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Peripheral Nerve:


What is Friedreich's Ataxia?

Friedreich's ataxia is an inherited condition that causes progressive damage to the nervous system resulting in symptoms ranging from muscle weakness and speech problems to heart disease. Ataxia results from the degeneration of nerve tissue in the spinal cord and of nerves that control muscle movement in the arms and legs.

Symptoms usually begin between the ages of 5 and 15 but can appear as early as 18 months or as late as 30 years of age. The first symptom is usually difficulty in walking. The ataxia gradually worsens and slowly spreads to the arms and then the trunk. Foot changes such as clubfoot, flexion (involuntary bending) of the toes, hammer toes, or foot inversion (turning in) may be early signs. Rapid, rhythmic, involuntary movements of the eyeball are common. Most people with Friedreich's ataxia develop scoliosis (a curving of the spine to one side), which, if severe, may impair breathing. Other symptoms include chest pain, shortness of breath, and heart palpitations. Doctors diagnose Friedreich's ataxia by performing a careful clinical examination, which includes a medical history, a thorough physical examination, and several tests.

What other conditions are associated with Friedreich's Ataxia?

There are conditions associated with Friedreich's Ataxia that do not result from the degeneration of nerves. Heart disease, sometimes in forms severe enough to be fatal, is one of the more common and threatening of these conditions. Abnormalities in heartbeat rhythm and diminished strength of the heart muscle have been noted in a large percentage of Friedreich's Ataxia patients, with palpitations and dyspnea (shortness of breath) the most common found symptoms.

Diabetes mellitus, characterised by abnormally high blood and urinary sugar levels, is another condition that may attend Friedreich's Ataxia. Most Friedreich's Ataxia patients who becomes diabetic will do so late in the course of the disease. The nature of the relationship between Friedreich's Ataxia and diabetes has not yet been determined.

What is the age of onset?

Friedreich's Ataxia symptoms may first appear any time between the age of five and fifteen.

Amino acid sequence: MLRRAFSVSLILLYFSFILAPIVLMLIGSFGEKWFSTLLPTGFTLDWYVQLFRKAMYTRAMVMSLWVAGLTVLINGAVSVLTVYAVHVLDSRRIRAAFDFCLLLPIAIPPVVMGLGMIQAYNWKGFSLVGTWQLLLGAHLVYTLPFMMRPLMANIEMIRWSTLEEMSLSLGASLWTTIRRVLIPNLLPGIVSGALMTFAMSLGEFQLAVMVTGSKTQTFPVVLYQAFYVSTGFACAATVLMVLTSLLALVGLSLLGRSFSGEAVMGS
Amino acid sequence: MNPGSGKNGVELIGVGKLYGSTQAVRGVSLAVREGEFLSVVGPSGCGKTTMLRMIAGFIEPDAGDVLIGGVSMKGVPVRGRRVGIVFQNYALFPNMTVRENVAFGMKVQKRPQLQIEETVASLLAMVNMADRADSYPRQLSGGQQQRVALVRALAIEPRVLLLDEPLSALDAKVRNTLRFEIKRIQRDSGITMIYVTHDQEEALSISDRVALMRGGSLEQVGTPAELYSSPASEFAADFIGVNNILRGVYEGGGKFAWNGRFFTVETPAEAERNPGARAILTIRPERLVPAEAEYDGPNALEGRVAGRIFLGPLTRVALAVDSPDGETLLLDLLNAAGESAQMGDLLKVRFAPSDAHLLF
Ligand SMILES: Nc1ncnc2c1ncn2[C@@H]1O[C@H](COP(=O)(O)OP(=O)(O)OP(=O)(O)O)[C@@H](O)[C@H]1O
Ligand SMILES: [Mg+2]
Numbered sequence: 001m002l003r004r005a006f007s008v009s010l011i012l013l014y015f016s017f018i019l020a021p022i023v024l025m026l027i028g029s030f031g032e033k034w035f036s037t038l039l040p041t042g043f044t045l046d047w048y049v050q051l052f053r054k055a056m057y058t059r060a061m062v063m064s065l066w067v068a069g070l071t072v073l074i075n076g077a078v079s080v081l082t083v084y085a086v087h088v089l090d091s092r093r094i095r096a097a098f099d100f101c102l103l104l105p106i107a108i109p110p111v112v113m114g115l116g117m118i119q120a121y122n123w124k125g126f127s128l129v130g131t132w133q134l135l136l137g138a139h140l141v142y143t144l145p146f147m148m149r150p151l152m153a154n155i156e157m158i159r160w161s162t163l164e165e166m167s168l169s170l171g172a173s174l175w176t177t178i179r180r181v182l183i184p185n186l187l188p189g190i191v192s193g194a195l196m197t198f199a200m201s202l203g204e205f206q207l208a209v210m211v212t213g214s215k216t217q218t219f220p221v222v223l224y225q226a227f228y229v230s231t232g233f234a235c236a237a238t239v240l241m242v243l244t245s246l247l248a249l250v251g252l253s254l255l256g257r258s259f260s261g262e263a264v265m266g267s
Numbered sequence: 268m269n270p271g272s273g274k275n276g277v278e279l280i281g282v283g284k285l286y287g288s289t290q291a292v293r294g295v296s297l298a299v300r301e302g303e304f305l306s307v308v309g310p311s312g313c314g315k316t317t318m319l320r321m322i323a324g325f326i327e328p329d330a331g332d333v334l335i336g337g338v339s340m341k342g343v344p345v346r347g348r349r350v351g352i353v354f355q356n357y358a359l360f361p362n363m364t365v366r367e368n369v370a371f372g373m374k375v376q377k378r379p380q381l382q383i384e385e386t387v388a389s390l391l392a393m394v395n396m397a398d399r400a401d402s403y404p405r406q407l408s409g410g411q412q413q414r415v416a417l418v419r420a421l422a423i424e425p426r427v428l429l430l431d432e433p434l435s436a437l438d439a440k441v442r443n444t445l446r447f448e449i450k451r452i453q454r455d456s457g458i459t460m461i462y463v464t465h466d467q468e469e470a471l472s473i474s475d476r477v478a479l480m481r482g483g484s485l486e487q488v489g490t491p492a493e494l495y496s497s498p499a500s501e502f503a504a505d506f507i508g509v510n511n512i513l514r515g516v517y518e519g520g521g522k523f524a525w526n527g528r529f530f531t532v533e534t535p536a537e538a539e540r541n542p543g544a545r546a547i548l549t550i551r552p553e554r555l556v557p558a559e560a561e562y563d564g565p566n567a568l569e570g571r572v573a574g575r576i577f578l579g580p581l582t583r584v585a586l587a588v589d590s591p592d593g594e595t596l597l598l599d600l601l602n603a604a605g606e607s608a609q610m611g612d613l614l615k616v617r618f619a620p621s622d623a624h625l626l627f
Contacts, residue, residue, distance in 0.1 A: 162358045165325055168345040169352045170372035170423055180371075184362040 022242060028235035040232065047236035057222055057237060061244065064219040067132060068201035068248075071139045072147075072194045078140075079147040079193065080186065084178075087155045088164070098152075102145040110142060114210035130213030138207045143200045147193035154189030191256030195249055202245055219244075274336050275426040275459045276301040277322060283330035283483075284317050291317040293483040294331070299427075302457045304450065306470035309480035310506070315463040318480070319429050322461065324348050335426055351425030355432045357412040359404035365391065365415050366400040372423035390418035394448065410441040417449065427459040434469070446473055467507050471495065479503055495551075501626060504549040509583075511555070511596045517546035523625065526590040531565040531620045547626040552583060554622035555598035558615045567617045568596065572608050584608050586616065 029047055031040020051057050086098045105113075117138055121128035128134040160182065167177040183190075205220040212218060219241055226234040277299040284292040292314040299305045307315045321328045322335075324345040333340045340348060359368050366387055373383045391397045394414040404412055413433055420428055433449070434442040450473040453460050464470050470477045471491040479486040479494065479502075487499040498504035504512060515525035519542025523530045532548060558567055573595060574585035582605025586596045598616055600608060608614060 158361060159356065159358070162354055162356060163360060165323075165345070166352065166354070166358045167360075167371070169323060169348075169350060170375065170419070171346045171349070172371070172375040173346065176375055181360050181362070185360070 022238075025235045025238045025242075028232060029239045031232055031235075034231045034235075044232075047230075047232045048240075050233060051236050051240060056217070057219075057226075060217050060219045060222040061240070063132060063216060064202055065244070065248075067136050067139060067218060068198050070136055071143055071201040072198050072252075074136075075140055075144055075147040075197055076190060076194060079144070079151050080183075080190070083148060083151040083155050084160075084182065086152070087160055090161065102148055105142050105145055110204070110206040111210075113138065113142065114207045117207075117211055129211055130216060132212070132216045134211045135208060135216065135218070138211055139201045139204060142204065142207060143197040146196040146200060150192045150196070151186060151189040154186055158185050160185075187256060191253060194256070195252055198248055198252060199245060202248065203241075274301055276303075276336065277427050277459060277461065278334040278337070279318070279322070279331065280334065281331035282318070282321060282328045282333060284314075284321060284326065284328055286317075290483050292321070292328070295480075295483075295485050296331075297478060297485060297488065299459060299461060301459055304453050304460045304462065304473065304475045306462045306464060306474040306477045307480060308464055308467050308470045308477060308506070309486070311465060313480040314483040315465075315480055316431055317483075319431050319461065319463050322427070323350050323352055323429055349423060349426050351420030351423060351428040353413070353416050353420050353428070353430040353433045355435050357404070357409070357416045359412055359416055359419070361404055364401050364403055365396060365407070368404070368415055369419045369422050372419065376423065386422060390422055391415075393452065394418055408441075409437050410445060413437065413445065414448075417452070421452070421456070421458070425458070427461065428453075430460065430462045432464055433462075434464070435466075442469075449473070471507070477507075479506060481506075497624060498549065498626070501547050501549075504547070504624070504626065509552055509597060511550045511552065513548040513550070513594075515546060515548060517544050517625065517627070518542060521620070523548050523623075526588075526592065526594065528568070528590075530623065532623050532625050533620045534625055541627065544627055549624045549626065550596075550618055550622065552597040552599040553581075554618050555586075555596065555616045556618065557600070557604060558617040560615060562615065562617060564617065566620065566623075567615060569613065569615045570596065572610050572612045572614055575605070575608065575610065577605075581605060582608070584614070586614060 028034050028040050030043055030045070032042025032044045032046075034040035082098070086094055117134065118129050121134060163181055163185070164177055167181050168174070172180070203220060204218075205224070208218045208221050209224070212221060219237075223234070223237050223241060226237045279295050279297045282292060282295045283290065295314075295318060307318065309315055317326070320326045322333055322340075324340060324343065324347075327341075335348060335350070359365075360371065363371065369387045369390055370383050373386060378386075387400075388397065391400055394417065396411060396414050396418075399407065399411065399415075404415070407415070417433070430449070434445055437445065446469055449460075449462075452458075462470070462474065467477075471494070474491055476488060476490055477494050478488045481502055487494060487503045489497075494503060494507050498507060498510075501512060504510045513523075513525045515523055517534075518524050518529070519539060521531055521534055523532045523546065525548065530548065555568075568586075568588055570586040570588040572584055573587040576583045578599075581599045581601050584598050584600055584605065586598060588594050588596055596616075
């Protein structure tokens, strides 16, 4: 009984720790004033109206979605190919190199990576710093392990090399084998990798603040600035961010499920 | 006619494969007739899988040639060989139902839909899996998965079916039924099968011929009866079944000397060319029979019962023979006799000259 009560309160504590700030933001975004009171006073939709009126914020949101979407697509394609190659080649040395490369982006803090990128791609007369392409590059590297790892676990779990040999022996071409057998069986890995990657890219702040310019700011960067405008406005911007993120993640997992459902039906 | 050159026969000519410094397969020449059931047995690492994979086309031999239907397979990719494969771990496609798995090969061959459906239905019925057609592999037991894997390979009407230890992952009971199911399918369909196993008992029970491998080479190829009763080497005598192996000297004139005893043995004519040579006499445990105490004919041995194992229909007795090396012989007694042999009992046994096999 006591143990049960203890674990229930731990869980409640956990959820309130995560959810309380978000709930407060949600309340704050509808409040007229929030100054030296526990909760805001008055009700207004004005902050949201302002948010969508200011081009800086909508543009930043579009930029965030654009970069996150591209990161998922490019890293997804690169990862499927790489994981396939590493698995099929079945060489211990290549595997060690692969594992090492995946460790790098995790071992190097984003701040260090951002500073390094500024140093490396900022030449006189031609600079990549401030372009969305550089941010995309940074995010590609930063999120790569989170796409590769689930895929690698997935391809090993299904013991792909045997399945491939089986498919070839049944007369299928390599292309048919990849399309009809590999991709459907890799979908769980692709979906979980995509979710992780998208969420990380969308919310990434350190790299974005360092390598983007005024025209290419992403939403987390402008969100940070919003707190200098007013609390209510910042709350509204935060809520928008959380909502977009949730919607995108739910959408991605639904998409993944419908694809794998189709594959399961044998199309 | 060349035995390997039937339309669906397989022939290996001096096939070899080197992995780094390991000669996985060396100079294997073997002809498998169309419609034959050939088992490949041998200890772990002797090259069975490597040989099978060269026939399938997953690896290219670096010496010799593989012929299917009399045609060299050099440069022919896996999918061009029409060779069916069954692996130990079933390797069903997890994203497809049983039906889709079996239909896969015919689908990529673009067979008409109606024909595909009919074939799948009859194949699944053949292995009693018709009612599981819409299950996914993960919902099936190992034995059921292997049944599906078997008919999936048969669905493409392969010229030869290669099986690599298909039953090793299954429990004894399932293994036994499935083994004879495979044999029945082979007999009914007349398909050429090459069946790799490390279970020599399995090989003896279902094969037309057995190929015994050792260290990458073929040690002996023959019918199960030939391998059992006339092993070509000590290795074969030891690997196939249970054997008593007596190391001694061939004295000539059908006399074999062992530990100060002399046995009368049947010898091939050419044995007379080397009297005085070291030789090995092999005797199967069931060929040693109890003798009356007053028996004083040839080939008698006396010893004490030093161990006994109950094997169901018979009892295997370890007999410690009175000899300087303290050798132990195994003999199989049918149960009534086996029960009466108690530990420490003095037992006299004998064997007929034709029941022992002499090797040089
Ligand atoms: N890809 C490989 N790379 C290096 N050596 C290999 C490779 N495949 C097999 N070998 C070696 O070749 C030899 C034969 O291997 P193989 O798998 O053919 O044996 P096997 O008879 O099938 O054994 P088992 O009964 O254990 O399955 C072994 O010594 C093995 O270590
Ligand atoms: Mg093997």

What are the early symptoms?

Weakness in legs, unsteadiness in standing, and difficulties in walking are usually among the first symptoms. Typically people with Friedreich's Ataxia may over-or underextend the leg when it is brought forward in walking, and feet may be lifted higher than necessary and brought down too hard.

How disabling is the disease?

Friedreich's Ataxia usually results, within eight to ten years following the onset of symptoms, in an inability to walk. Occasionally, the disease goes into spontaneous remission, which sometimes lasts five to ten years or longer. Remissions, however, are uncommon.

How rapidly does Friedreich's Ataxia progress?

In most cases, the disease is slowly progressive. Scientists have described the progression of Friedreich's Ataxia in terms of two stages: ambulatory, when the patient is able to walk, and nonambulatory, when the patient requires a wheelchair.

The early ambulatory period is characterised by a decrease in or absence of muscle reflexes in addition to an unsteady gait. Elevated heels and flexed toes produce a foot deformity referred to as Friedreich's foot. Mild scoliosis (curvature of the spine) also develops during the period. A diminished sense of touch in arms and legs may occur. In the late ambulatory period, there is great difficulty in walking and a tendency to trip or fall. Use of a cane or other orthopedic aid is usually required. The hands and arms become affected, making writing and other manipulatory tasks difficult. Breakdowns in vocal articulation, irregularities in pitch and loudness, and other changes in voice quality such as speech muscle control. Scoliosis, if severe may cause respiratory problems. There may also be a mild horizontal oscillation of the eyeball, as eye muscles weaken.